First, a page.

Taktsang Monastery (Tiger Nest) in Bhutan is one of the most desired destinations for all the visitors. It is constructed on a rocky cliff about 900 m above Paro valley. The monastery got its name Taktsang, which in local language means Tiger’s nest or Lair, after Guru Rimpoche (Buddhist saint) flew there from Kurtoe Singay Dzong (eastern Bhutan) riding on a tigress to subdue a demon during 7th century. It is believed that the tigress on which Guru flew was none other than his own consort Khandro Yeshey Tshogyal.Gyalse Tenzin Rabgay, the secular head of the country during 1680 to 1694 has begun the construction of monastery on this site in 1692 and was completed in the year 1694.
The site on where the present Paro Rinpung Dzong stands was founded by Buddhist priest name Drung Drung Gyal in 15th century and has built a dzong known as Hungrel dzong. Later his descendents offered Hungrel dzong to Zhabdrung Ngawang Namgyal (the founder of modern Bhutan) upon which Zhabdrung dismantled Hungrel dzong and constructed the present Paro Rinpung dzong in the year 1644.The dzong is located on the bank of Paa Chhu River opposite to Paro town.The dzong today serves as a district head quarter for both administrative and monastic body. Once in every year Paro Rinpung dzong serves as venue for the famous Paro Tshechu (festival) which attracts thousands of devotees and tourists.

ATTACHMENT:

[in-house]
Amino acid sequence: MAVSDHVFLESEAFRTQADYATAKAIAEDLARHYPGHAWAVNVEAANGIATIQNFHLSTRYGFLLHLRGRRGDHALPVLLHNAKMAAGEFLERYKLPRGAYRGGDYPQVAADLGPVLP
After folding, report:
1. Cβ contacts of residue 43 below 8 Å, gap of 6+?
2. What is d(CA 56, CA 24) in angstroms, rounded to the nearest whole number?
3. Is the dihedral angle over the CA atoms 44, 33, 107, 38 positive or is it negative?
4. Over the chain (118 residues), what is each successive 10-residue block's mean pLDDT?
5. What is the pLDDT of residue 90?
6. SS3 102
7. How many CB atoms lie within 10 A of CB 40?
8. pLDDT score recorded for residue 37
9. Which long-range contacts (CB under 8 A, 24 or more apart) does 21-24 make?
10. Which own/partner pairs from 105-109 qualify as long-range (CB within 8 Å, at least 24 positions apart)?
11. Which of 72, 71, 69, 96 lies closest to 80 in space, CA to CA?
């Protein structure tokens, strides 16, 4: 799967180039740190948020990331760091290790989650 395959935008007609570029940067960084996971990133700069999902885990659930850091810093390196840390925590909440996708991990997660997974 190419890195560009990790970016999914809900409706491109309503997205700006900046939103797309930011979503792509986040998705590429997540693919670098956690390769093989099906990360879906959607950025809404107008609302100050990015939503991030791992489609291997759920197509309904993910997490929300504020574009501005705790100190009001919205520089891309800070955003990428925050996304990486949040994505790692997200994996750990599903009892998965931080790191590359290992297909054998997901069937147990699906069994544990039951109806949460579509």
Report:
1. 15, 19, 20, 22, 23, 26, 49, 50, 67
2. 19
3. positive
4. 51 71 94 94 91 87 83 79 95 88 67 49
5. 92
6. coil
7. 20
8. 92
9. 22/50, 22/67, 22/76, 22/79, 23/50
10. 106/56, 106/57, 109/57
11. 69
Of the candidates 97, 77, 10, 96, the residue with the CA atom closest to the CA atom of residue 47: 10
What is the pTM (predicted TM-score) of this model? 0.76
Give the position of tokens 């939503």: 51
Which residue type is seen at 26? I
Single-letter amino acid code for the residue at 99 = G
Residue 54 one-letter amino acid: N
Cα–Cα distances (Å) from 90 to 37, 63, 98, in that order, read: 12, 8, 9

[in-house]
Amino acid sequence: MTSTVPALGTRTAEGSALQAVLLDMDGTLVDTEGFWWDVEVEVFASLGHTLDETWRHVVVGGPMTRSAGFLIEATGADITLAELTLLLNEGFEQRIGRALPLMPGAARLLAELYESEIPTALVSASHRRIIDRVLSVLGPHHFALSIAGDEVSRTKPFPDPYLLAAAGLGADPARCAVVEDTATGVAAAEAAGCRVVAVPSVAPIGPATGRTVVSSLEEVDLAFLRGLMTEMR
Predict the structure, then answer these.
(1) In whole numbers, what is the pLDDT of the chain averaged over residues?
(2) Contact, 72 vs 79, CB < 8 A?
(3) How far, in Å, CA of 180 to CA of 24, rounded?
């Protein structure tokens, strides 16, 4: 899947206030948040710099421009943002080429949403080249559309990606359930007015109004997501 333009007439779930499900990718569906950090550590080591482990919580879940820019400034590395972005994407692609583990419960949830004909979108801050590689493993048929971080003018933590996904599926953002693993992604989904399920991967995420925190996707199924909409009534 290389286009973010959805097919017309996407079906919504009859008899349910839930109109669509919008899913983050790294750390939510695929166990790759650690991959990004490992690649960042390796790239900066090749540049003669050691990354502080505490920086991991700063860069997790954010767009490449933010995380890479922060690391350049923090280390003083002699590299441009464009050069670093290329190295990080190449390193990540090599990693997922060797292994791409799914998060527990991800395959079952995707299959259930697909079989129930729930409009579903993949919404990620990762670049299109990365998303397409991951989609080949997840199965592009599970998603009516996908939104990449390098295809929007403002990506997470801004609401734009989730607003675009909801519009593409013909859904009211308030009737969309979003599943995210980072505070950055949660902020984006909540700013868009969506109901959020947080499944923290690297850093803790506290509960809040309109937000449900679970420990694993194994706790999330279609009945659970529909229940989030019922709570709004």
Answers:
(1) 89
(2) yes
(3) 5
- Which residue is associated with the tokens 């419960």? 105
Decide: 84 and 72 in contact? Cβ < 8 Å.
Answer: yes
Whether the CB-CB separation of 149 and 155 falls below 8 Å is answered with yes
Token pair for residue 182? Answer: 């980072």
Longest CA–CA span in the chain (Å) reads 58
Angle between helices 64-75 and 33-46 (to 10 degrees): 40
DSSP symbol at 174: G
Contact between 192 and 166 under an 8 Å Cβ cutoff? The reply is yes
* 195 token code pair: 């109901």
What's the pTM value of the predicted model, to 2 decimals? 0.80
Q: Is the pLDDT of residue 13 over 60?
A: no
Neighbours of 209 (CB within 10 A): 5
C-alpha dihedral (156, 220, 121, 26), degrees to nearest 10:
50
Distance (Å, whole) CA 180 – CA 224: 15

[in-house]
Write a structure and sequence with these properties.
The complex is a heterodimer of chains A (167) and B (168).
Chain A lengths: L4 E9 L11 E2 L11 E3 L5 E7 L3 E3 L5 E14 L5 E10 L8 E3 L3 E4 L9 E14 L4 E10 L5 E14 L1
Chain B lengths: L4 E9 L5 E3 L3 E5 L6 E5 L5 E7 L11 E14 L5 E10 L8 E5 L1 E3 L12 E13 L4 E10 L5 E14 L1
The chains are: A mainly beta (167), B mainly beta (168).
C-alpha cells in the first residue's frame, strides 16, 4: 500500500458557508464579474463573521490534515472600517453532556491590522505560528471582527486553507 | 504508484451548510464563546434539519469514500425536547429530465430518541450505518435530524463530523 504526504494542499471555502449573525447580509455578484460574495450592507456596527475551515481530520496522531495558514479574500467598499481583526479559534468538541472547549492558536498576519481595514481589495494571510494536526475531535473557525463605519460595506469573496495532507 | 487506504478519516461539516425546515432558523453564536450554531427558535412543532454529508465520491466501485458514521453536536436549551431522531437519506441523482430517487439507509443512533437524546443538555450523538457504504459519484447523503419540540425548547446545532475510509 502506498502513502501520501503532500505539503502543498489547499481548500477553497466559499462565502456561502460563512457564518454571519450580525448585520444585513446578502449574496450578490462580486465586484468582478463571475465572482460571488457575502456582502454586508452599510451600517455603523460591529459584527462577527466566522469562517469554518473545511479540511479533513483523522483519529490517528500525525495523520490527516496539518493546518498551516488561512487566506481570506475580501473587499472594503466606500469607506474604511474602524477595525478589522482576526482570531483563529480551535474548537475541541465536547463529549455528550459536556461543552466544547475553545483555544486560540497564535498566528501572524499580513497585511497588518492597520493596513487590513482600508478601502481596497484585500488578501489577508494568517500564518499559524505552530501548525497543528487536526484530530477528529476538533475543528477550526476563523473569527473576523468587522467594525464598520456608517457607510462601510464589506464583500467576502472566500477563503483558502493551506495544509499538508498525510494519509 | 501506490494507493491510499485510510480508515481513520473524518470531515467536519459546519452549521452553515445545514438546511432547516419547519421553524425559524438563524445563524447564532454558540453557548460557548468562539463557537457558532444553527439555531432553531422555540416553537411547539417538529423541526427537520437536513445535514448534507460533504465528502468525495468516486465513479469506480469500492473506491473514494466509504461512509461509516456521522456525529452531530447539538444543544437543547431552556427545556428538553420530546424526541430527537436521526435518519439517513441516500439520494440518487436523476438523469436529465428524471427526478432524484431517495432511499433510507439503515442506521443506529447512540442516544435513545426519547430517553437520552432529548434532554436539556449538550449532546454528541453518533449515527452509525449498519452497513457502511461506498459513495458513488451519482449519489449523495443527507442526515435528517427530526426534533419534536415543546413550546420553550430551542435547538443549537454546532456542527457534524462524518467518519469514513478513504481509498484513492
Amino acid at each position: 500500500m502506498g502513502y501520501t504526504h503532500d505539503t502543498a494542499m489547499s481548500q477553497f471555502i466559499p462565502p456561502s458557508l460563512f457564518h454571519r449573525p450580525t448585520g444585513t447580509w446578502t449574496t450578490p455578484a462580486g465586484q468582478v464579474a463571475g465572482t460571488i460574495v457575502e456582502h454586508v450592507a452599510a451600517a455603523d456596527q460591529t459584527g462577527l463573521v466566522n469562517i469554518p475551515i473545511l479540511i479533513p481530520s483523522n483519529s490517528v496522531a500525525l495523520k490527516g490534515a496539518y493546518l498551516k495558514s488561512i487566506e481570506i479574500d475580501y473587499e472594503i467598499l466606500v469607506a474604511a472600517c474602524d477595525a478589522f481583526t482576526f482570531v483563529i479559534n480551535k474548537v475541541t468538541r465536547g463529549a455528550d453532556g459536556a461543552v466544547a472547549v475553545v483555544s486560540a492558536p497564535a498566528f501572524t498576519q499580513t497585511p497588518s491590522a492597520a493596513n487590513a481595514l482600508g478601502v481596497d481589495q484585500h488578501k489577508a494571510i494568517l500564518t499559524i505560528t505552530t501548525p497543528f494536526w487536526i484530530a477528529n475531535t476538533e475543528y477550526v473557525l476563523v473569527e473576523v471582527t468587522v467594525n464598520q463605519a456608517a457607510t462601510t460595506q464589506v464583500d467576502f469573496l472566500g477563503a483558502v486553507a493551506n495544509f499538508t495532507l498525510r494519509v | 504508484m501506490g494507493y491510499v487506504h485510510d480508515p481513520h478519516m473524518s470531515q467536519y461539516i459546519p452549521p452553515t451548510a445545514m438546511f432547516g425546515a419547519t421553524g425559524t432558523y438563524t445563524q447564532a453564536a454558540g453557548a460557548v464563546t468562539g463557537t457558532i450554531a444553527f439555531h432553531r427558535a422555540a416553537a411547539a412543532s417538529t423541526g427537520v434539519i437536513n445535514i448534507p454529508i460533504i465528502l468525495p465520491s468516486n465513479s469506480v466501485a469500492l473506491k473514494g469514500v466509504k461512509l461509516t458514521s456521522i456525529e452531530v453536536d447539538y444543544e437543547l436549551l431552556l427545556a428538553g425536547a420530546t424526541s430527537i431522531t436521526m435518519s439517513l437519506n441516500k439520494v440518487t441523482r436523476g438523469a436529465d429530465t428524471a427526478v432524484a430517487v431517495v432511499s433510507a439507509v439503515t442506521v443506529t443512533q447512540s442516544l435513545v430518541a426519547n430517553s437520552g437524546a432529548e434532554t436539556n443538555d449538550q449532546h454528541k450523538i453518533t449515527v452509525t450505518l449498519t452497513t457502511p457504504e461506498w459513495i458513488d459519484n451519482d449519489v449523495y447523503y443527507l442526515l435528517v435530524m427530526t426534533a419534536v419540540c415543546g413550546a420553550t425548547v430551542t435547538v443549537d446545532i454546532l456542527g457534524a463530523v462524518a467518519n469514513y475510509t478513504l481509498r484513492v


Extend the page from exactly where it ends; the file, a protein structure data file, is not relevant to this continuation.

National Museum (Ta Dzong) of Bhutan was built in the year 1649 as watch tower to defense from the Tibetan Invaders to see the enemies coming. That’s why most of the watch towers are said to be built on the hills. Until 1965, the museum was almost into ruin, so third king of Bhutan has renovated and converted to national museum in the year 1968. It is of 6 storied high and considered to be one of the tallest building in the country. It has many old and antique collections from all over Bhutan and was built in a conch shell with 2.5m-thick walls.
Kichu Lhakhang can be reached from Paro town after a ten minute drive. It is located in the Lango Geog (county). The temple is undoubtedly one of the oldest temples to have been built in Bhutan. It is one of the 108 temples built by the Tibetan King Songtsen Gampo in the 7th century. The King is said to have built 108 temples in a day throughout the Himalayan regions. Of which Kichu Lhakhang in Paro and Jampa Lhakhang in Bumthang are two of them. Of the remaining temples most can be seen in Tibet.